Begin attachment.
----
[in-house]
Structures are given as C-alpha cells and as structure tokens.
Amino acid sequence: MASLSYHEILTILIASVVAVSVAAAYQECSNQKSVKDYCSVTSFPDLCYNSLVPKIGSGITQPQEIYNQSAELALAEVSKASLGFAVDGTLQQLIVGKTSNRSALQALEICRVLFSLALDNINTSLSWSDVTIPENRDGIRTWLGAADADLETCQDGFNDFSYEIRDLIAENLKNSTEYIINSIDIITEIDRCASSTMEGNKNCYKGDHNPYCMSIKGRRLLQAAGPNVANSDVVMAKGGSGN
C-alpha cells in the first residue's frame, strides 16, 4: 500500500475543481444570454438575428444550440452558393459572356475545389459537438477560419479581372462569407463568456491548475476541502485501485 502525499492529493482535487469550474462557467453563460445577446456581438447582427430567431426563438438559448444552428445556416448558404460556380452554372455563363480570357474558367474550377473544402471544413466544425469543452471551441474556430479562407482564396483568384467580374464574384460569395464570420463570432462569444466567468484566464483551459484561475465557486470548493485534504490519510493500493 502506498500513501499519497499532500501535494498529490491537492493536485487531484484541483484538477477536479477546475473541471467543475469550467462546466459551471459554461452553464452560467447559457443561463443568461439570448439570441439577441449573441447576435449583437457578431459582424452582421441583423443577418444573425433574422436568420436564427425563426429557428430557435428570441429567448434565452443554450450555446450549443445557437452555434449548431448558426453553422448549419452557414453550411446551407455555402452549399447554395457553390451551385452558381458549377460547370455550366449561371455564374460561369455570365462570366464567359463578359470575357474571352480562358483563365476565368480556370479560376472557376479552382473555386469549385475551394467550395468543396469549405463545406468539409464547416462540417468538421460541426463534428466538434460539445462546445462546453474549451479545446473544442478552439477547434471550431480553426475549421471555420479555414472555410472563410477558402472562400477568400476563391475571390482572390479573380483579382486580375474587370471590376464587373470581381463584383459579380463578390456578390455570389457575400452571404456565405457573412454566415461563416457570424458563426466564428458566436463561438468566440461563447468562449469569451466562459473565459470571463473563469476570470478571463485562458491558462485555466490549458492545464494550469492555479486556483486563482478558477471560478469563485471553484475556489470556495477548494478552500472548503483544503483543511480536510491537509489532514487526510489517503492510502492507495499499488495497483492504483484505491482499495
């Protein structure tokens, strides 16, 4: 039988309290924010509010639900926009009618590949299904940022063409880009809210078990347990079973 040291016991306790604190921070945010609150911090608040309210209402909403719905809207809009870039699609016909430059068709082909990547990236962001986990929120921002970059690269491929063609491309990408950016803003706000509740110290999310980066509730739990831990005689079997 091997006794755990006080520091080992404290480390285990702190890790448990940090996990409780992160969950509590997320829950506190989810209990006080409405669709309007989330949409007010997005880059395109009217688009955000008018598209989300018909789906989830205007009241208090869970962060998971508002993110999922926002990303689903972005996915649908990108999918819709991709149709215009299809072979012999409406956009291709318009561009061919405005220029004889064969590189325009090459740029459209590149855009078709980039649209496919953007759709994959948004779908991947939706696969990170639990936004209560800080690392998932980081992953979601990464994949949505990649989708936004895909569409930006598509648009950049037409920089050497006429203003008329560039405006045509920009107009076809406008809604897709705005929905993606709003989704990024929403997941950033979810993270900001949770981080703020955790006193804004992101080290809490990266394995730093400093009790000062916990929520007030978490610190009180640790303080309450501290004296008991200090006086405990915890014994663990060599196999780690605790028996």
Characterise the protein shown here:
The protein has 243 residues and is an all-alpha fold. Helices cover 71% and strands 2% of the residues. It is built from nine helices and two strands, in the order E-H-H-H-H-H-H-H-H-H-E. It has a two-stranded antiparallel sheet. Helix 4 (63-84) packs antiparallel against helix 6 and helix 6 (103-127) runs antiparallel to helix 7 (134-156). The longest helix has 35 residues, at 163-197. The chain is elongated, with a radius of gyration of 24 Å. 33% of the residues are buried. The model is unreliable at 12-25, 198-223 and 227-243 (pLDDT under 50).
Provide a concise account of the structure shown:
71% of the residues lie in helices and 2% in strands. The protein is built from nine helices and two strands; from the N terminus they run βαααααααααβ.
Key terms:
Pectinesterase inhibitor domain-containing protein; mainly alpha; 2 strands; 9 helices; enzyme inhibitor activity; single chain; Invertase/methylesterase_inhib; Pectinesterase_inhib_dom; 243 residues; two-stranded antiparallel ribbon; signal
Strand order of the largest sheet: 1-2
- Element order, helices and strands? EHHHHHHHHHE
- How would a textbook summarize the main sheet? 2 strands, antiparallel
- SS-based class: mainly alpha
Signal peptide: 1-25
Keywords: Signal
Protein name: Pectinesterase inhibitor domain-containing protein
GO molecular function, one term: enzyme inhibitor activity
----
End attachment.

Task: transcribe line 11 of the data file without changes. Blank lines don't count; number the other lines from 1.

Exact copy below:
Pectinesterase inhibitor domain-containing protein; mainly alpha; 2 strands; 9 helices; enzyme inhibitor activity; single chain; Invertase/methylesterase_inhib; Pectinesterase_inhib_dom; 243 residues; two-stranded antiparallel ribbon; signal